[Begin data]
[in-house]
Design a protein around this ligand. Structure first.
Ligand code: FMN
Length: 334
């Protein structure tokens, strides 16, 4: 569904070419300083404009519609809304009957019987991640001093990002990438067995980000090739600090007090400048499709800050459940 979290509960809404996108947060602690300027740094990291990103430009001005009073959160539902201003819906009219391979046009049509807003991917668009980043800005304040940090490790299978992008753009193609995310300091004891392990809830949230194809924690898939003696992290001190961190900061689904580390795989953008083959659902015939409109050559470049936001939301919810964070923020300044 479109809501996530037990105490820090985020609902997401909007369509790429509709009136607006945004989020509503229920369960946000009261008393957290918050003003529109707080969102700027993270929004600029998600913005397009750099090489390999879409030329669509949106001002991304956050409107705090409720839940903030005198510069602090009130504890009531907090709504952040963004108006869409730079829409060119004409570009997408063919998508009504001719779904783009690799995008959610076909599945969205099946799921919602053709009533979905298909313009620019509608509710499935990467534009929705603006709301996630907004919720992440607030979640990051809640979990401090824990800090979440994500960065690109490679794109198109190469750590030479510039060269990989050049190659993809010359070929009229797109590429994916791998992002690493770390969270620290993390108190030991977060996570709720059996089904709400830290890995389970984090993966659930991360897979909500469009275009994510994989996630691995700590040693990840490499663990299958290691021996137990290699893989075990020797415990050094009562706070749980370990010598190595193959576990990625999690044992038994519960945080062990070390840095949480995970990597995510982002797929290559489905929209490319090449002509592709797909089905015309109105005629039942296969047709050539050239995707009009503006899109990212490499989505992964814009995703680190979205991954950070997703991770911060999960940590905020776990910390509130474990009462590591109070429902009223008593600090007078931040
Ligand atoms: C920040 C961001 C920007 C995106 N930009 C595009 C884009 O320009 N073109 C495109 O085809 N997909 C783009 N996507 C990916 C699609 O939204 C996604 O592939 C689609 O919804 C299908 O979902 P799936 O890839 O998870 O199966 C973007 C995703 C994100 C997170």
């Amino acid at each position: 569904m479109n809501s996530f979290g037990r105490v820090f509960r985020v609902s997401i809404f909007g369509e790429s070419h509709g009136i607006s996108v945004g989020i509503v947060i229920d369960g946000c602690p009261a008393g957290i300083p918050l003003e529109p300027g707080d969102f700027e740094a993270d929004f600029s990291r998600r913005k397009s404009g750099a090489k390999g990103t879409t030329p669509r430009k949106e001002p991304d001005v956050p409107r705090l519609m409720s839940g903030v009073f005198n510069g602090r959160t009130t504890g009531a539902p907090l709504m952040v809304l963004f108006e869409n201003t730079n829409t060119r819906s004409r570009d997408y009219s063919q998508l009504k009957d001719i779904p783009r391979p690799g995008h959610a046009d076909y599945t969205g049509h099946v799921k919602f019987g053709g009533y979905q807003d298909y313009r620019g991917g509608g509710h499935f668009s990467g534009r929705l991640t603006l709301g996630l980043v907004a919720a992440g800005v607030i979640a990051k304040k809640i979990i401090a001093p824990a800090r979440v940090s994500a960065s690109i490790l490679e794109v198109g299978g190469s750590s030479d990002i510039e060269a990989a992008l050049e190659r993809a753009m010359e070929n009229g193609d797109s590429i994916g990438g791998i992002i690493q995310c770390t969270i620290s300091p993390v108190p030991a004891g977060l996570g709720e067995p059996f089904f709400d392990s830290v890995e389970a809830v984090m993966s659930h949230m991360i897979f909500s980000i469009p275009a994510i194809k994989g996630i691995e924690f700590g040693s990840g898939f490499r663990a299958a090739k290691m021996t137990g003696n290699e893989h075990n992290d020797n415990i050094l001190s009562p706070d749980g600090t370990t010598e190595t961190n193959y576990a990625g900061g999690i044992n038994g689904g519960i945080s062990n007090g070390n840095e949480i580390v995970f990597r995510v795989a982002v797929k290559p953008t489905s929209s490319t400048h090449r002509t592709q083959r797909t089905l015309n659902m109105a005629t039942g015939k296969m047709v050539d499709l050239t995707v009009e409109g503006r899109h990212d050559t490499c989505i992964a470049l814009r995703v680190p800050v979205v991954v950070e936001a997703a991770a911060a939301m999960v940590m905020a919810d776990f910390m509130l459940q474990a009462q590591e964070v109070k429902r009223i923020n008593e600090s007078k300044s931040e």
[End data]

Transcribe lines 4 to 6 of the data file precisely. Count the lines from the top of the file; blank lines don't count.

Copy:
Length: 334
């Protein structure tokens, strides 16, 4: 569904070419300083404009519609809304009957019987991640001093990002990438067995980000090739600090007090400048499709800050459940 979290509960809404996108947060602690300027740094990291990103430009001005009073959160539902201003819906009219391979046009049509807003991917668009980043800005304040940090490790299978992008753009193609995310300091004891392990809830949230194809924690898939003696992290001190961190900061689904580390795989953008083959659902015939409109050559470049936001939301919810964070923020300044 479109809501996530037990105490820090985020609902997401909007369509790429509709009136607006945004989020509503229920369960946000009261008393957290918050003003529109707080969102700027993270929004600029998600913005397009750099090489390999879409030329669509949106001002991304956050409107705090409720839940903030005198510069602090009130504890009531907090709504952040963004108006869409730079829409060119004409570009997408063919998508009504001719779904783009690799995008959610076909599945969205099946799921919602053709009533979905298909313009620019509608509710499935990467534009929705603006709301996630907004919720992440607030979640990051809640979990401090824990800090979440994500960065690109490679794109198109190469750590030479510039060269990989050049190659993809010359070929009229797109590429994916791998992002690493770390969270620290993390108190030991977060996570709720059996089904709400830290890995389970984090993966659930991360897979909500469009275009994510994989996630691995700590040693990840490499663990299958290691021996137990290699893989075990020797415990050094009562706070749980370990010598190595193959576990990625999690044992038994519960945080062990070390840095949480995970990597995510982002797929290559489905929209490319090449002509592709797909089905015309109105005629039942296969047709050539050239995707009009503006899109990212490499989505992964814009995703680190979205991954950070997703991770911060999960940590905020776990910390509130474990009462590591109070429902009223008593600090007078931040
Ligand atoms: C920040 C961001 C920007 C995106 N930009 C595009 C884009 O320009 N073109 C495109 O085809 N997909 C783009 N996507 C990916 C699609 O939204 C996604 O592939 C689609 O919804 C299908 O979902 P799936 O890839 O998870 O199966 C973007 C995703 C994100 C997170």